Putting Microsoft and Yahoo together: Some pieces won't fitFebruary 1, 2008: 2:07 PM ET
With Microsoft's surprise $45 billion bid for Yahoo, a lot of people are talking about why the deal makes sense. The combined advertising networks and Internet plumbing, for example, would do a lot to help MicroHoo challenge Google (GOOG).
And those reasons might be enough reason to do the deal. In Microsoft (MSFT) CEO Steve Ballmer's letter to Yahoo's (YHOO) board, he emphasized how size would benefit a combined company. "While online advertising growth continues, there are significant benefits of scale in advertising platform economics, in capital costs for search index build-out, and in research and development, making this a time of industry consolidation and convergence," Ballmer said. "Together, Microsoft and Yahoo can offer a credible alternative for consumers, advertisers, and publishers."
But there are lots of other pieces in the two companies' offerings that don't fit well at all. And some of those could cause major indigestion as Microsoft tries to get a deal done. Among the trouble spots:
Yahoo has always been a bigger online brand than MSN, so it stands to reason that MSN would just go away. Yahoo Mail, Finance, Shopping and Games all outperform their Microsoft counterparts, and on the surface it makes sense to just back the winner.
But there are lots of problems with that scenario. Most obviously: MSN and Yahoo have been battling it out for a while, and both have tens of millions of monthly users. MSN loyalists have clearly decided that they prefer MSN over Google -- so if Microsoft were to ditch MSN altogether, it would risk alienating a sizable chunk of its lucrative audience and losing millions in potential ad revenue.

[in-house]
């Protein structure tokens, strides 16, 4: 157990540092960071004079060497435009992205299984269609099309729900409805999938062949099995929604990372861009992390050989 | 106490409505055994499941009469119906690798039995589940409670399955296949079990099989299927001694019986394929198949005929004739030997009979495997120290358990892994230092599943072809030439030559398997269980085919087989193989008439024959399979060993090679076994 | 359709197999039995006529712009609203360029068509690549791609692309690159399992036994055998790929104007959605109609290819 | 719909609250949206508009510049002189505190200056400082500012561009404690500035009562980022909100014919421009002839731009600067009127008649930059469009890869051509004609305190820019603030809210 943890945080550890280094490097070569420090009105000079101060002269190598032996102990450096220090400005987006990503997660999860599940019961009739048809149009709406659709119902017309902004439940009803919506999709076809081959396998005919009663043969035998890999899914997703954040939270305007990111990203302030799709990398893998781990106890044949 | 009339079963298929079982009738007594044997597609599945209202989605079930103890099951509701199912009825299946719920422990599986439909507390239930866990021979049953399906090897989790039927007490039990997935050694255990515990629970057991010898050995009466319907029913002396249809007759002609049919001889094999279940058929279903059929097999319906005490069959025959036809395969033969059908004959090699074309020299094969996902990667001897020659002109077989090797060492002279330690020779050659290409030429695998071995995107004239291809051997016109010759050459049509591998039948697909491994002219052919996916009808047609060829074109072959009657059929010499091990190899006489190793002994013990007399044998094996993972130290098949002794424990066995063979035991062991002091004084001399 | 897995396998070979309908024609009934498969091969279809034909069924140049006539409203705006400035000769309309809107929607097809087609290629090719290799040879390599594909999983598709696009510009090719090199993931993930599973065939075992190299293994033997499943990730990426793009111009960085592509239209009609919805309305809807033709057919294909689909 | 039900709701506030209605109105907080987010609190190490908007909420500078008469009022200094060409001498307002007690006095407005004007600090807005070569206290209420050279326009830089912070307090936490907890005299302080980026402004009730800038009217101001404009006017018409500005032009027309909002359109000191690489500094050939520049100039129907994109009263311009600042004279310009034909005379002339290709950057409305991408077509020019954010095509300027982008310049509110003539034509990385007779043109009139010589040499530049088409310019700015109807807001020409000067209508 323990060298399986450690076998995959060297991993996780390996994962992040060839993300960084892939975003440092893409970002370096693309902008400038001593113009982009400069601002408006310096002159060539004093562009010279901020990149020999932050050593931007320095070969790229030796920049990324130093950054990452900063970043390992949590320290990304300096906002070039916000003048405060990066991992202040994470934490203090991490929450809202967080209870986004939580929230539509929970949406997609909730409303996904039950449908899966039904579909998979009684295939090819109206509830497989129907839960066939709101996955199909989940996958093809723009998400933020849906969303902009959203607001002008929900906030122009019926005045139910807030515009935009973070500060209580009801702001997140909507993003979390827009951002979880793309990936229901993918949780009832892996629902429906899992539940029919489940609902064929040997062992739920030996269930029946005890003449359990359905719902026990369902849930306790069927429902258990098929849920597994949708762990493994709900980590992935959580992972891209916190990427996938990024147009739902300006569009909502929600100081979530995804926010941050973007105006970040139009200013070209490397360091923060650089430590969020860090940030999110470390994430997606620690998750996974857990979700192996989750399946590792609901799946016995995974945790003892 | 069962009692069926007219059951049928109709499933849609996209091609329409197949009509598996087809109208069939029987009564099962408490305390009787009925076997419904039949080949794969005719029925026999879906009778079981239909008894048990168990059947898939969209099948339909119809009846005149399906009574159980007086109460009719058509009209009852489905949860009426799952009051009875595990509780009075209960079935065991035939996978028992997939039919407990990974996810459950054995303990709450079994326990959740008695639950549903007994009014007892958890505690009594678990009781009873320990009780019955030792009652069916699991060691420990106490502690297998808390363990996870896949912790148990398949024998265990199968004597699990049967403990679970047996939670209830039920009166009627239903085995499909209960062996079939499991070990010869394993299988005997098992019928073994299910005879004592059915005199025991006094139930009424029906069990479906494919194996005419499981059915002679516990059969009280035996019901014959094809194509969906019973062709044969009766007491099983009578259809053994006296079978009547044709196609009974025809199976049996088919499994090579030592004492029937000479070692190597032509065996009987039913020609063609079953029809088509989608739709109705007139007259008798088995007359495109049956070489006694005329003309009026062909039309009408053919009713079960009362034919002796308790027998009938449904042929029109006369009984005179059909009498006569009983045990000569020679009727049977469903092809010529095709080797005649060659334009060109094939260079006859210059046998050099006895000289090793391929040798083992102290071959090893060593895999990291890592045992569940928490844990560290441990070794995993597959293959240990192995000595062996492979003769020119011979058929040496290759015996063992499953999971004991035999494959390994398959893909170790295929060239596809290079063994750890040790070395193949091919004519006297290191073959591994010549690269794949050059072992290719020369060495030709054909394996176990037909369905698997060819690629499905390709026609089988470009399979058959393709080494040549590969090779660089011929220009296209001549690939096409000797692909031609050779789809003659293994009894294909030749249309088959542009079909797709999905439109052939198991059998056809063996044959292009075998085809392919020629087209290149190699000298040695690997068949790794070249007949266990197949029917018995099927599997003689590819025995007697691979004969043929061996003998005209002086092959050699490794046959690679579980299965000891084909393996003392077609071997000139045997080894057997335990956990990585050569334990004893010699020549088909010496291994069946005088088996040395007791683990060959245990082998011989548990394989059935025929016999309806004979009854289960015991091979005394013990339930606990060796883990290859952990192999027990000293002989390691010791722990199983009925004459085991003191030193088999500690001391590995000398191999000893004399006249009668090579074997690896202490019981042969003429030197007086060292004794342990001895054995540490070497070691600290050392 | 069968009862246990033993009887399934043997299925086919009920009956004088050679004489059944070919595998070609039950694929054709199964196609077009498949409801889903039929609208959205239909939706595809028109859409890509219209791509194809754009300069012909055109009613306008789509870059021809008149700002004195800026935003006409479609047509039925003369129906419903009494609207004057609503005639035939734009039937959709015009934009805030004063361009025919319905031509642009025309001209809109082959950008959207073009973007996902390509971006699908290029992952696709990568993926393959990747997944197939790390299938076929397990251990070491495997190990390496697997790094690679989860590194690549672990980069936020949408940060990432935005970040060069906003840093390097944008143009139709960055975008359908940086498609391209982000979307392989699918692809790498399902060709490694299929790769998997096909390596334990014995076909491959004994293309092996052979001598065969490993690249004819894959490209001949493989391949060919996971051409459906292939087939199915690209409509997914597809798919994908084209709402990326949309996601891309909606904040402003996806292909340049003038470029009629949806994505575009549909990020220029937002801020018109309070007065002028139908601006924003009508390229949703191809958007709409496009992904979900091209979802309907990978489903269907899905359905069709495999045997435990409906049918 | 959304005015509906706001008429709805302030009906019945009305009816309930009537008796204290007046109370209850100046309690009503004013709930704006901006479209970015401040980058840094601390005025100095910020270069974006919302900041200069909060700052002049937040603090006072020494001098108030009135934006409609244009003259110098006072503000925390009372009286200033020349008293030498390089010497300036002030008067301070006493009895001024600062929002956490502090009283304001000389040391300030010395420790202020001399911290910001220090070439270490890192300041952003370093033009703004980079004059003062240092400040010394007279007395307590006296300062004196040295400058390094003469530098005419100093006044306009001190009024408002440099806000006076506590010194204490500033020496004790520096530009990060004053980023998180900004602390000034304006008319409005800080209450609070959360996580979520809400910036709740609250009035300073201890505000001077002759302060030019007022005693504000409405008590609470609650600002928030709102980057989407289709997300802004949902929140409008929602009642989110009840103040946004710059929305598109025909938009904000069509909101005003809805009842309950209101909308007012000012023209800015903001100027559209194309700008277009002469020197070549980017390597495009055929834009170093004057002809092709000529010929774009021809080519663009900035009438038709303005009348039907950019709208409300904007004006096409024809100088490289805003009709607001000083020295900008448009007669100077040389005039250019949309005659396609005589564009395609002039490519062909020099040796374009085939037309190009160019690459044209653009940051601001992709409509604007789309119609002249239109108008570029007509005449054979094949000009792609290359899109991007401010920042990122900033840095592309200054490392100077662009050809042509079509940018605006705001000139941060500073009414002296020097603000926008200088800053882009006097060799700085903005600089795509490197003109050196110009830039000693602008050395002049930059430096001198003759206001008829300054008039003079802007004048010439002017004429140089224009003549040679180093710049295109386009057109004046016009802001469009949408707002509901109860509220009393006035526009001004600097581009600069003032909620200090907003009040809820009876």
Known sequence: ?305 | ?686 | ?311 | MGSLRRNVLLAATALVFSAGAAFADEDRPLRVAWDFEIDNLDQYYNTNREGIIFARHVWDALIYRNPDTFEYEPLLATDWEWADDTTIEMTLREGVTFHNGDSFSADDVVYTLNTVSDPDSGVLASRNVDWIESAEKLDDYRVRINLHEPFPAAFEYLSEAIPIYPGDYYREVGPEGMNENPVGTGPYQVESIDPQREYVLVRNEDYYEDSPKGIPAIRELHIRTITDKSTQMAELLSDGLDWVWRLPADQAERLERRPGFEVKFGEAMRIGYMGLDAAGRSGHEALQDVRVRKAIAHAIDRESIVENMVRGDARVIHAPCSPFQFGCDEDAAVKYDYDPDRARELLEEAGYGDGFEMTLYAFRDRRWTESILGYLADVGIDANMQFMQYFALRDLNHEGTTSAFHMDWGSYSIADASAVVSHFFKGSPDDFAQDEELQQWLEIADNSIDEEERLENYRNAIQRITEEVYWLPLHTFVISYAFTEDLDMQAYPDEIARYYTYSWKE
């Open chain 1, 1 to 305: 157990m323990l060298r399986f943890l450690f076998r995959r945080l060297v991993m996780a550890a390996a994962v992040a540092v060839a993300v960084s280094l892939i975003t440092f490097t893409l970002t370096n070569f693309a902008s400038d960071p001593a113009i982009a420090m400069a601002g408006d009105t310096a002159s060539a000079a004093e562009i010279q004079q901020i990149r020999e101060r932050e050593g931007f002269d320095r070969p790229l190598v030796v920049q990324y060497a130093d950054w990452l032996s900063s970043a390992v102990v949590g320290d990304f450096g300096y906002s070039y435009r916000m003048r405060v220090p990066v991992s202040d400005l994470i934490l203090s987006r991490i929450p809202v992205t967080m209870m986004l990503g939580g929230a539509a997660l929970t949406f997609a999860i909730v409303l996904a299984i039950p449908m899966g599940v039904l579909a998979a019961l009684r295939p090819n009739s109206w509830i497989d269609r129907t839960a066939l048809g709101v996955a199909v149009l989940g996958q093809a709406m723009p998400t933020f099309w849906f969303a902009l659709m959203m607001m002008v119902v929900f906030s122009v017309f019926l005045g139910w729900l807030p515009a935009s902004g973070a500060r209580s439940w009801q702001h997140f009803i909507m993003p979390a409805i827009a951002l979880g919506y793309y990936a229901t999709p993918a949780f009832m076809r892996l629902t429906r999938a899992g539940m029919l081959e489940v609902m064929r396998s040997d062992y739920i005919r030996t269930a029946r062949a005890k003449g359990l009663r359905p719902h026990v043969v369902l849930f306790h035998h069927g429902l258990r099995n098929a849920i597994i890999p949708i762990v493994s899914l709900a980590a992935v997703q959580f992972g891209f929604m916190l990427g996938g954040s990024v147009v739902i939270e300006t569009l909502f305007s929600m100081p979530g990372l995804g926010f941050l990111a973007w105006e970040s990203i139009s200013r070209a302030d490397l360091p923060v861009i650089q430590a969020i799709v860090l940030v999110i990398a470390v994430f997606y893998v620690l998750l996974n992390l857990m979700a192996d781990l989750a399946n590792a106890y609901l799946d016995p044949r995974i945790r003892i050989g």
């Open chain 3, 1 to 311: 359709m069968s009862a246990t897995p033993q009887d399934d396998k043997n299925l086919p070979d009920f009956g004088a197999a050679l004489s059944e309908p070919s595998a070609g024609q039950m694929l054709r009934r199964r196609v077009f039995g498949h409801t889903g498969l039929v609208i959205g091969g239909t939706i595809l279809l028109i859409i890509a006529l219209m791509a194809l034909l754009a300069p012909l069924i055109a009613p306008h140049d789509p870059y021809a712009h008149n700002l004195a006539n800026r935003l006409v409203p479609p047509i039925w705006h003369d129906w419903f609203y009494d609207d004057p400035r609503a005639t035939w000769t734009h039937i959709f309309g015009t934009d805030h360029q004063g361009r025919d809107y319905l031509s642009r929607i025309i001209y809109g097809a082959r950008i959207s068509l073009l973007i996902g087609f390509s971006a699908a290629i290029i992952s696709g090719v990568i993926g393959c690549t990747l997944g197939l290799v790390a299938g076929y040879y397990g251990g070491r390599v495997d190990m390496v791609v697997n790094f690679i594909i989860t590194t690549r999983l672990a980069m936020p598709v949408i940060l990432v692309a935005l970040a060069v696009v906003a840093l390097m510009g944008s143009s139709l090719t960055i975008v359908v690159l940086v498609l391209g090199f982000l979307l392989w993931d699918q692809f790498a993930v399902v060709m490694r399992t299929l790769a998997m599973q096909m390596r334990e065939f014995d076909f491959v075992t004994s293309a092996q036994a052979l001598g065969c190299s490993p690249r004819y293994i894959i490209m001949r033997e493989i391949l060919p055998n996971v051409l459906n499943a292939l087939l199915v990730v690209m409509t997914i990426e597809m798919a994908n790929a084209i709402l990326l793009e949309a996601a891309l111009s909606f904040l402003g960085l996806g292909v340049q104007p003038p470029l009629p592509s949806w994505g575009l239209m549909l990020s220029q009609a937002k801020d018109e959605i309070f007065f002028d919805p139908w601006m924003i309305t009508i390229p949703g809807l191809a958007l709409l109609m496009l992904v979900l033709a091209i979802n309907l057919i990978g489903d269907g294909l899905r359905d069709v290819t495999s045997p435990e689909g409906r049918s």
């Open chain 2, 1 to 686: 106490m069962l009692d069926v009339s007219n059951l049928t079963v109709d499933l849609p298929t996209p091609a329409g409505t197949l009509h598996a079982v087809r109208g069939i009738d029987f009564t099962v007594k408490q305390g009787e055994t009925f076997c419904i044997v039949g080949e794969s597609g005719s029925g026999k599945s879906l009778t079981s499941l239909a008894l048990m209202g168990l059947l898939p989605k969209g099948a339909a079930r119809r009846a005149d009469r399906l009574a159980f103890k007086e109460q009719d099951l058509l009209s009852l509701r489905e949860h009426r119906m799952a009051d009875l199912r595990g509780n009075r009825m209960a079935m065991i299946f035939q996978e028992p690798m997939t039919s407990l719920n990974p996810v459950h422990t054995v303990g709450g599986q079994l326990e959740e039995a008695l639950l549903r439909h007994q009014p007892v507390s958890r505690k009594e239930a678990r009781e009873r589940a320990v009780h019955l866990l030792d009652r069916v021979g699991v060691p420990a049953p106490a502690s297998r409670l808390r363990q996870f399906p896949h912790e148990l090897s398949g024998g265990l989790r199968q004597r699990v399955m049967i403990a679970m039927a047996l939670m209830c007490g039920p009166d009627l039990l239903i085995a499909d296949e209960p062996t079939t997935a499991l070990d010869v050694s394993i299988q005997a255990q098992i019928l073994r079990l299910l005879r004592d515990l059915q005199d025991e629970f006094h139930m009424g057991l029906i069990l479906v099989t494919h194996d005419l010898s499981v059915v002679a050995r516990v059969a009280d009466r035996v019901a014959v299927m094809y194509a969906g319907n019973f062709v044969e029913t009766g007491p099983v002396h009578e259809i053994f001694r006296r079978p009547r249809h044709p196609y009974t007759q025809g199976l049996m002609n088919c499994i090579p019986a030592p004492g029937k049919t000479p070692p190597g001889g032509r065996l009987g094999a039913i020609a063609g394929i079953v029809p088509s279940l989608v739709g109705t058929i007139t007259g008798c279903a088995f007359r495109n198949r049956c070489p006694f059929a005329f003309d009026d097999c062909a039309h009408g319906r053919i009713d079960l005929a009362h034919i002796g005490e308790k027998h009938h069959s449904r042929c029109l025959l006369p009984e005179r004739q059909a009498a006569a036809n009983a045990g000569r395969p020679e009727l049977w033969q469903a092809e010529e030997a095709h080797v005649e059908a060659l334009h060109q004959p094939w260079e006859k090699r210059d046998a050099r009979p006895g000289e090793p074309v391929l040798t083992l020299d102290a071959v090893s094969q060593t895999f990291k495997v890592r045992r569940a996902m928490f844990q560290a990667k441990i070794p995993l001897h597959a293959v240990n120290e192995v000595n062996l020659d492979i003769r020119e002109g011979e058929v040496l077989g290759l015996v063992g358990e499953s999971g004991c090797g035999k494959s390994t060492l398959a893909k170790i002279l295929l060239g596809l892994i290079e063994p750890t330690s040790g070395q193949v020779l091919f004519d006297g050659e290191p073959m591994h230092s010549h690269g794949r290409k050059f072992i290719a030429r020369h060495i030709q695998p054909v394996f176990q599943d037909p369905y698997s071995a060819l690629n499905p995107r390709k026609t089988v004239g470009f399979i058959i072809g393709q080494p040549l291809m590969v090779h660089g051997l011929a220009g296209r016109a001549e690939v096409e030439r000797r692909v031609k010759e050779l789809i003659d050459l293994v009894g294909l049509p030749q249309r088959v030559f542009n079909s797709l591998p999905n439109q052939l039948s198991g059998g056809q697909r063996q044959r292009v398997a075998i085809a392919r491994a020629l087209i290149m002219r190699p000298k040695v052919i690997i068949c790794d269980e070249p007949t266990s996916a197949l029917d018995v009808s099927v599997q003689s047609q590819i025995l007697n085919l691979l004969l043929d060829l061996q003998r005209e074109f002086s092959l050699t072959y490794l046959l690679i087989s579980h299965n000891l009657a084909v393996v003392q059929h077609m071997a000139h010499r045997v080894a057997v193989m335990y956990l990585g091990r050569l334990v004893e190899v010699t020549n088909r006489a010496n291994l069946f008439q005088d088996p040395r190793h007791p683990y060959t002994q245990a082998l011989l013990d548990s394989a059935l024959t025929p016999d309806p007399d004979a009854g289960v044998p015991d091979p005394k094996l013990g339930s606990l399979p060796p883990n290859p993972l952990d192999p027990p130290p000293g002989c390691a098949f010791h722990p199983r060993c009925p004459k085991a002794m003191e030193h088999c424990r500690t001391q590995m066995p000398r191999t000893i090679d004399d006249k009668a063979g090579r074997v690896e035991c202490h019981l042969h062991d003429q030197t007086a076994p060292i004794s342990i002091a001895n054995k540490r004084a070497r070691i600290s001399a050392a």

Yahoo has HotJobs, Microsoft has a stake in rival CareerBuilder. Though on the surface it might seem logical to stick with HotJobs, which had 7.4 million visitors in December, and send CareerBuilder out to pasture, there are some politics to consider.
The big issue: Microsoft's CareerBuilder partners are major newspaper publishers Gannet (GCI), McClatchy (MNI) and Tribune, the owners of big newspapers like USA Today, the Miami Herald and the Los Angeles Times. Through their network of newspapers and websites, CareerBuilder is actually bigger than HotJobs. While newspaper companies might not have a lot of financial might these days, they control a whole lot of well-trafficked websites -- the kind of online real estate that Microsoft/Yahoo is eager to sell ads into. The company will have to find a way to settle things between HotJobs and CareerBuilder without alienating important advertising partners.
MAPS AND LOCAL
Maps and location-based services are becoming evermore important as the Internet gains traction on cell phones and GPS-type services gain popularity. Just look at the effect Apple's (AAPL) iPhone had on Google: the search giant said traffic to its maps nearly doubled the month the gadget came out.
So it's going to be a problem that Yahoo and Microsoft have totally different strategies for maps.
On this one, Microsoft wouldn't be able to keep both Yahoo Maps and Live Search Maps and have it both ways. Mobile carriers and other partners will want one clear direction for maps -- and if the past is any guide, that means Yahoo's open maps would go away.